Pharmacy technicians who work in retail or mail-order pharmacies have various responsibilities, depending on state rules and regulations. Technicians receive written prescription requests from patients and perform medication reconciliation. They also may receive prescriptions sent electronically from doctors’ offices, and in some states they are permitted to process requests by phone. They must verify that the information on the prescription is complete and accurate. To prepare the prescription, technicians retrieve, count, pour, weigh, measure, and sometimes mix the medication. Then they prepare the prescription labels, select the type of container, and affix the prescription and auxiliary labels to the container. Once the prescription is filled, technicians price and file the prescription, which must be checked by a pharmacist before it is given to the patient. Technicians may establish and maintain patient profiles, as well as prepare insurance claim forms. Technicians always refer any questions regarding prescriptions, drug information, or health matters to a pharmacist.
The population is aging, and older people typically use more prescription medicines than younger people. Higher rates of chronic diseases such as diabetes among all age groups also will lead to increased demand for prescription medications. Advances in pharmaceutical research will allow for more prescription medications to be used to fight diseases.
According to the Bureau of Labor Statistics, about 75% of pharmacy technicians in the U.S. work in a retail setting, such as an independently owned drugstore, a mass retailer chain, or a mail-order or online pharmacy. An additional 16% of pharmacy technician jobs were in hospitals, while others worked for nursing homes, pharmaceutical wholesalers, or the Federal Government. To work in any of these settings, certain requirements must be met. Requirements vary by state.
If your pet is to have lab tests run, such as a check for heartworm, a Complete Blood Count (CBC), or a check for parasites, it will be the veterinary technician who takes the appropriate samples and using high tech instruments will document the results for the veterinarian's interpretation. When further testing is required, such as X-rays, the veterinary technician will take the X-rays and deliver them to the veterinarian.
Apart from a degree in veterinary technology, veterinary technicians also need to obtain credentials from the state they work in. They also need to have strong communication skills, be well organized, and have a passion for helping animals. Most veterinary technicians work in veterinary clinics or offices, although some find work at animal shelters and zoos.
Helping a pharmacist dispense prescription medication might seem like an easy task, but it requires immense precision and detail. Pharmacy technicians ensure medications are filled correctly in a specified window of time. Unlike pharmacists, pharmacy technicians are not the sole dispensers of medication. They mostly assist in measuring, mixing, counting and labeling dosages of medications. Also, pharmacy technicians don't typically advise patients on proper medication dosages and side effects the way a pharmacist does.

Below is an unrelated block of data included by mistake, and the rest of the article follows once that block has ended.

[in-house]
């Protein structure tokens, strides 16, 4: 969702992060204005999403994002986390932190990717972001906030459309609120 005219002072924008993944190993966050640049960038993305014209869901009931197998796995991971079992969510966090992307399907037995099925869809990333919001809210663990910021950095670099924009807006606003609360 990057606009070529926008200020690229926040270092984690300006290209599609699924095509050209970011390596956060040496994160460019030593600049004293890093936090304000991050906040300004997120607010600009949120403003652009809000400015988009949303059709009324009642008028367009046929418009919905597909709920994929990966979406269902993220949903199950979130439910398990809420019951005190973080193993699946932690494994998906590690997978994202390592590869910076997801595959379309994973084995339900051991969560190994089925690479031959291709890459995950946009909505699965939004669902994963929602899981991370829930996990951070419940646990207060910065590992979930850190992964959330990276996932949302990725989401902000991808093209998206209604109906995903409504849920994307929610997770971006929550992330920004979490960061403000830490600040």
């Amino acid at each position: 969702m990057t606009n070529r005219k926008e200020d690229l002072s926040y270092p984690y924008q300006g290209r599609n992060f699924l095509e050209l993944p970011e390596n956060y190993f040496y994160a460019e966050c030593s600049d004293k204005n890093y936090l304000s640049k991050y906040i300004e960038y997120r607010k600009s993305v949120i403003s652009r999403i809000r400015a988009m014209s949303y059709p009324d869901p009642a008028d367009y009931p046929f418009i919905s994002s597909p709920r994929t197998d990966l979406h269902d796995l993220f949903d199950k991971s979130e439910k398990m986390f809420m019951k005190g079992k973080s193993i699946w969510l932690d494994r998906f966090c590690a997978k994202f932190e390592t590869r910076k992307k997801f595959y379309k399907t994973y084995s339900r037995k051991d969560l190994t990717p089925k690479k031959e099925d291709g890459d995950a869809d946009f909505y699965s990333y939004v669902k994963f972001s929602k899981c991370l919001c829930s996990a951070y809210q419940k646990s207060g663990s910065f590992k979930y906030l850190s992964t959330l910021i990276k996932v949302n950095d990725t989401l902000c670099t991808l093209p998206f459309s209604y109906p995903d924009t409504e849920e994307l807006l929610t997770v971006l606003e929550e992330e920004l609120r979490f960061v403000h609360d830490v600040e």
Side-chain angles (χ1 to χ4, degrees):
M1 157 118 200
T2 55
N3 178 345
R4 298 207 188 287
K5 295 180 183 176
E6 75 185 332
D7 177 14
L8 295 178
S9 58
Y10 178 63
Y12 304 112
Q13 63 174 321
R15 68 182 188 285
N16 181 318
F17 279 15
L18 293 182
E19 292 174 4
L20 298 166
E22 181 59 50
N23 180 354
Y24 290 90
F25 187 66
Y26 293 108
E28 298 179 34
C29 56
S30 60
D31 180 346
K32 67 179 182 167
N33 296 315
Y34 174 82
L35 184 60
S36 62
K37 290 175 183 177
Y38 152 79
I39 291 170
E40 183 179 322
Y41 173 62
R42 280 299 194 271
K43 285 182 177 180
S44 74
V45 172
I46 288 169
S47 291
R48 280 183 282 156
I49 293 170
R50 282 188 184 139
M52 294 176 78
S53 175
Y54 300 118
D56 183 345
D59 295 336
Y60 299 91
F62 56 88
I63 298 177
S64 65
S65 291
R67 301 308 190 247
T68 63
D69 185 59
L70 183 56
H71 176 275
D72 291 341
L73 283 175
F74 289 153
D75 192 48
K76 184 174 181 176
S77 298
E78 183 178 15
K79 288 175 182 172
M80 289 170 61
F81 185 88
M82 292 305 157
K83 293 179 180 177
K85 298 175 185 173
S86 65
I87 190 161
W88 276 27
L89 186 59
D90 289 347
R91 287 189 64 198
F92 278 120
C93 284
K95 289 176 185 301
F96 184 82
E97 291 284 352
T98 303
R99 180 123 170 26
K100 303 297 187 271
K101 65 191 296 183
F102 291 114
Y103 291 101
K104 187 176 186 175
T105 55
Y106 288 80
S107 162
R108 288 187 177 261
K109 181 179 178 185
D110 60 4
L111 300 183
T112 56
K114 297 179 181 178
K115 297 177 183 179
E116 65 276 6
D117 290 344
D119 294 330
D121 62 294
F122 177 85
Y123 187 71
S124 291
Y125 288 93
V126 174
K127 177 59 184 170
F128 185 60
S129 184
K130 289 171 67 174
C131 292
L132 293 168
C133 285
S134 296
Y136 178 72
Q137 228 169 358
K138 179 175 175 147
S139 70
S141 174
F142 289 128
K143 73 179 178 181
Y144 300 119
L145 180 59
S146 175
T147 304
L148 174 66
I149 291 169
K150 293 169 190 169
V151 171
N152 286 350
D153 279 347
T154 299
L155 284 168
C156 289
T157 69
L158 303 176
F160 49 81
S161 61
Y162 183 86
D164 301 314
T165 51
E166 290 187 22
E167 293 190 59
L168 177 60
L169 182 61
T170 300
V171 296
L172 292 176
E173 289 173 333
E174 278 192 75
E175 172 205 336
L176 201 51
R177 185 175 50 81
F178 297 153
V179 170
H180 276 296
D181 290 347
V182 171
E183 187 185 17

Houston Community College’s Certificate-level Veterinary Assistant program is based at their campus in the city of Houston, TX. Most of the school’s 58,276 students are on 2-year programs. The college is institutionally accredited by the Southern Association of Colleges and Schools, Commission on Colleges. The cost of tuition for in-district students is likely to be around $1,632 and are $3,360 and $3,756 for in-state and out-of-state students respectively. Learning materials may cost around $3,000, although this will vary with the program.
Veterinary technicians in Texas earn a median salary of $28,530 per year. The top earners in this field may command a salary of as much as $38,100 per year. Although the median vet tech salary in Texas is below the national average for this profession ($32,350 per year), this is largely offset by the low cost of living in Texas (9.7 percent below average) and also the moderate cost of housing.
There are many scopes of the workplace for the Certified Pharmacy Technician. In a retail setting, a CPhT works under the direct supervision of a pharmacist who dispenses prescription medication (tablets, capsules, gels, ointment, creams, suspensions, injections, and inhalation medications), and must be familiar with over-the-counter areas as well as third party insurance billing processes. In an inpatient setting, the CPhT works throughout the hospital, packing and dispensing medications in satellite pharmacies and to the various nursing units; compounding intravenous medication while using aseptic technique; narcotic medication dispensing and inventorial procedures; as well as documenting patients' weight, height, drug allergies and other needed information in medication records.
In Ghana, a 2009 assessment of pharmaceutical human resources identified a total of 1,637 practicing pharmacists (1 per 14,400 population), 918 practising pharmacy Technicians/Technologists (1 per 25,600), and 1,642 medicine counter assistants (1 per 14,300). Nearly half (45%) of pharmacies and pharmaceutical manufacturers across the country reported having one or more vacancies for pharmaceutical personnel, including 82% of public sector facilities.
The final competition consists of 10 rigorous, hands-on skill tests including vehicle electronics, preventive maintenance, and air conditioning. The title of “Top Tech,” along with a cash prize, is awarded to the first place winner. All seven finalists receive cash prizes for their exemplary performance. Each year’s top seven finalists go on to represent Team Ryder at the TMC SuperTech National Technician Skills Competition, where they compete against the industry’s best technicians.